At 4 years into this study on cognitively normal adults, Dr. Park and her team have found that the amount of amyloid in the brain correlates with rate of cognitive decline in older adults with a positive amyloid scan (a high burden of amyloid) over a 4-year time span. Strikingly, this relationship was detectable even in the middle-age cohort - however, only in scores on vocabulary tests. Early intervention will likely be key component to treating Alzheimer’s disease, and this work provides a potential window for early detection and intervention by showing that early increases in brain amyloid can indeed be correlated with subtle cognitive changes.
Network Changes in the Alzheimer’s Brain
In our brains, information is communicated through electrical signals between neurons. When we perform a particular mental task, certain groups of neurons become active in synchrony. We call this a “functional network.” AAIC plenary speaker Dr. Lennart Mucke of the Gladstone Institute of Neurological Disease discussed his work on abnormal network activity in Alzheimer’s disease. He has found that electrical activity becomes imbalanced even before clinical symptoms appear. Dr. Mucke and his group observed that this imbalanced electrical activity results in remodeling in the brain’s hippocampus and overall changes in brain network activity. Because the hippocampus is a major site involved in learning and memory function, he believes these network changes may contribute to the cognitive abnormalities in Alzheimer’s disease. In the future, Dr. Mucke says we will need to better differentiate the network dysfunction relative to the normal function in order to understand and potentially use network measures to aid in diagnosis.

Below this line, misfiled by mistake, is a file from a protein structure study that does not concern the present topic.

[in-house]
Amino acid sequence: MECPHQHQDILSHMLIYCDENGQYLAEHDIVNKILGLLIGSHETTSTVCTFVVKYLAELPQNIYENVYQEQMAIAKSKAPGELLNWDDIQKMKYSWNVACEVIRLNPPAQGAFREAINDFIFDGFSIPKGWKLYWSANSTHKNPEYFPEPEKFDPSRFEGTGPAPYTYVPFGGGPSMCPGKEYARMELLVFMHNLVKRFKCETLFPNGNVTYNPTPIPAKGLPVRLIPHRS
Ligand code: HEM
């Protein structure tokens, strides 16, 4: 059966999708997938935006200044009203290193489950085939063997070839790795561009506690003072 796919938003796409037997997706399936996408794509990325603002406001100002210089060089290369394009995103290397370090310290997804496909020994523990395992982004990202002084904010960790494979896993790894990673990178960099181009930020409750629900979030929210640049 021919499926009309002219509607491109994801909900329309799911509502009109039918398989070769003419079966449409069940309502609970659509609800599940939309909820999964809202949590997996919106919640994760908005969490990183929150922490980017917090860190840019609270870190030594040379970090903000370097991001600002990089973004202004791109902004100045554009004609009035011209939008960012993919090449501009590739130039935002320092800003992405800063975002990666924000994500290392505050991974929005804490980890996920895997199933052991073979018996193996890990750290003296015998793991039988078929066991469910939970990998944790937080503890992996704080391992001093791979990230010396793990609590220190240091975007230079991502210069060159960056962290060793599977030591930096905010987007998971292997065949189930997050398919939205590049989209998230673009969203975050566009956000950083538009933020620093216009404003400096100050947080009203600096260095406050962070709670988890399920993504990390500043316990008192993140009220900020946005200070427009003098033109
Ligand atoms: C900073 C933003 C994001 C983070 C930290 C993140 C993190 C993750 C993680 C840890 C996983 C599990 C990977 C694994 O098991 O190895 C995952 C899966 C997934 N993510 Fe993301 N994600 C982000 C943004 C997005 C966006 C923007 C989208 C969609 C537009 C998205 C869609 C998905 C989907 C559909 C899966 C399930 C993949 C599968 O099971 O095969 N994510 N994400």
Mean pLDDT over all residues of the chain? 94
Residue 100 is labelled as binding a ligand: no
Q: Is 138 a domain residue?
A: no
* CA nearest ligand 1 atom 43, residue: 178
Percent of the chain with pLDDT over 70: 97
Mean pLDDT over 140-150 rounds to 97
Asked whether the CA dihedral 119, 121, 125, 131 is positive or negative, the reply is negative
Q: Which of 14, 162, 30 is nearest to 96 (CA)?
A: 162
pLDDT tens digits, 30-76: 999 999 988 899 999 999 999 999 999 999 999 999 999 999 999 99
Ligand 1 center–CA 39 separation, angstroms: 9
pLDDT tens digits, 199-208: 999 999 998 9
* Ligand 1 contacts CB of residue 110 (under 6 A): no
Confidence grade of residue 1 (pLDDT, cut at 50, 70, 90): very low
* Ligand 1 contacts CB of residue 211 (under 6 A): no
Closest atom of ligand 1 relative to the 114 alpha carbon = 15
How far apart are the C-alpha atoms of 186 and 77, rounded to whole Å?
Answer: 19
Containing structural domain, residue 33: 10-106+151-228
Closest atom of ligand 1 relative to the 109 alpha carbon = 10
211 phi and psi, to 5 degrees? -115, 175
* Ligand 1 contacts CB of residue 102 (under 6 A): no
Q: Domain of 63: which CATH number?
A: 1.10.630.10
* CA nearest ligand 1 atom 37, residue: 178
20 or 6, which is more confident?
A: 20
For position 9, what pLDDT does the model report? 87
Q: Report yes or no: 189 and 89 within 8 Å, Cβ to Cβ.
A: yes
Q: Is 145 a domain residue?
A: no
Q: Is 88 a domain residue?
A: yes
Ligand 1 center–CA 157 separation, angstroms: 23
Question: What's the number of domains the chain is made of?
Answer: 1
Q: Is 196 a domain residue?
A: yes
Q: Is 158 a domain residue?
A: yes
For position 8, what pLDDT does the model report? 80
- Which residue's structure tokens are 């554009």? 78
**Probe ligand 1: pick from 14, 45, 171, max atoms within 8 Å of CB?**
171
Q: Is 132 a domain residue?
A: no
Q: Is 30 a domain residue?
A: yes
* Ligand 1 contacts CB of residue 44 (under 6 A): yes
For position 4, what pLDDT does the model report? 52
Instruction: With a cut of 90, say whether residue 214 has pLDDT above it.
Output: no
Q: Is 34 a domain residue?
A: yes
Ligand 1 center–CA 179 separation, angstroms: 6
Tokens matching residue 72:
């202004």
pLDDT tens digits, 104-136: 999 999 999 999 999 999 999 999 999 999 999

Blood-Brain Barrier and the Immune System
As a highly specialized and critical organ in the body, the brain is protected from the blood by a protective structure, called the blood-brain barrier. The blood-brain barrier is highly selective in what it allows to the brain, exchanging mostly small nutrients and gas molecules and excluding large immune cells. Research over the last decade however has demonstrated immune system involvement in many neurological conditions including Alzheimer’s disease.
Dr. Michal Schwartz at the Weizmann Institute of Science, Rehovot, Israel, a world pioneer in neuroimmunology, focused much of her career on this topic; what is the immune system doing and how is it entering the brain despite blockage by the blood brain barrier. From her work, Dr. Schwartz and her lab found that immune cells enter the central nervous system through a structure in the brain called the choroid plexus, an area that functions like a gateway between cerebral spinal fluid and blood. In addition, they discovered that in the healthy brain, an immune signaling factor, IFN-g, acts on this gateway site to prepare it for important exchanges, but in the Alzheimer’s brain, this activation may be reduced. Dr. Schwartz was a major player in initially promoting the notion that the immune system may play a protective role in the brain and moving forward, she and her team are focusing on ways to harness the immune system to fight against Alzheimer’s disease.